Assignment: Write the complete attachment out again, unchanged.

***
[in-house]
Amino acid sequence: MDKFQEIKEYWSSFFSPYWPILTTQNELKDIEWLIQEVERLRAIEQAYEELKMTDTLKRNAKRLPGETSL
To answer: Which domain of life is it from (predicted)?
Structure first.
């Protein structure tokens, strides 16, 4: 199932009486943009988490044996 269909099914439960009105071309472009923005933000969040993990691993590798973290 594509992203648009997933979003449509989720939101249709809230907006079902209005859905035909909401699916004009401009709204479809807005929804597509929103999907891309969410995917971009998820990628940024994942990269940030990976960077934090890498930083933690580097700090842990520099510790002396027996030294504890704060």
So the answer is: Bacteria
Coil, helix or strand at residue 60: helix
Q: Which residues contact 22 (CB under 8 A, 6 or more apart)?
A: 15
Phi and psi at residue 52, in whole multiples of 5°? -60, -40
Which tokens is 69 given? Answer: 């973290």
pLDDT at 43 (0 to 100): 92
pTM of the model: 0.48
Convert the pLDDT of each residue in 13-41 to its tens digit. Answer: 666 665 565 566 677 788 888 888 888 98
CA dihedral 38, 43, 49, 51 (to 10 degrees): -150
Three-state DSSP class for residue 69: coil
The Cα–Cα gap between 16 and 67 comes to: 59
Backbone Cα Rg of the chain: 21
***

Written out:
[in-house]
Amino acid sequence: MDKFQEIKEYWSSFFSPYWPILTTQNELKDIEWLIQEVERLRAIEQAYEELKMTDTLKRNAKRLPGETSL
To answer: Which domain of life is it from (predicted)?
Structure first.
């Protein structure tokens, strides 16, 4: 199932009486943009988490044996 269909099914439960009105071309472009923005933000969040993990691993590798973290 594509992203648009997933979003449509989720939101249709809230907006079902209005859905035909909401699916004009401009709204479809807005929804597509929103999907891309969410995917971009998820990628940024994942990269940030990976960077934090890498930083933690580097700090842990520099510790002396027996030294504890704060």
So the answer is: Bacteria
Coil, helix or strand at residue 60: helix
Q: Which residues contact 22 (CB under 8 A, 6 or more apart)?
A: 15
Phi and psi at residue 52, in whole multiples of 5°? -60, -40
Which tokens is 69 given? Answer: 């973290």
pLDDT at 43 (0 to 100): 92
pTM of the model: 0.48
Convert the pLDDT of each residue in 13-41 to its tens digit. Answer: 666 665 565 566 677 788 888 888 888 98
CA dihedral 38, 43, 49, 51 (to 10 degrees): -150
Three-state DSSP class for residue 69: coil
The Cα–Cα gap between 16 and 67 comes to: 59
Backbone Cα Rg of the chain: 21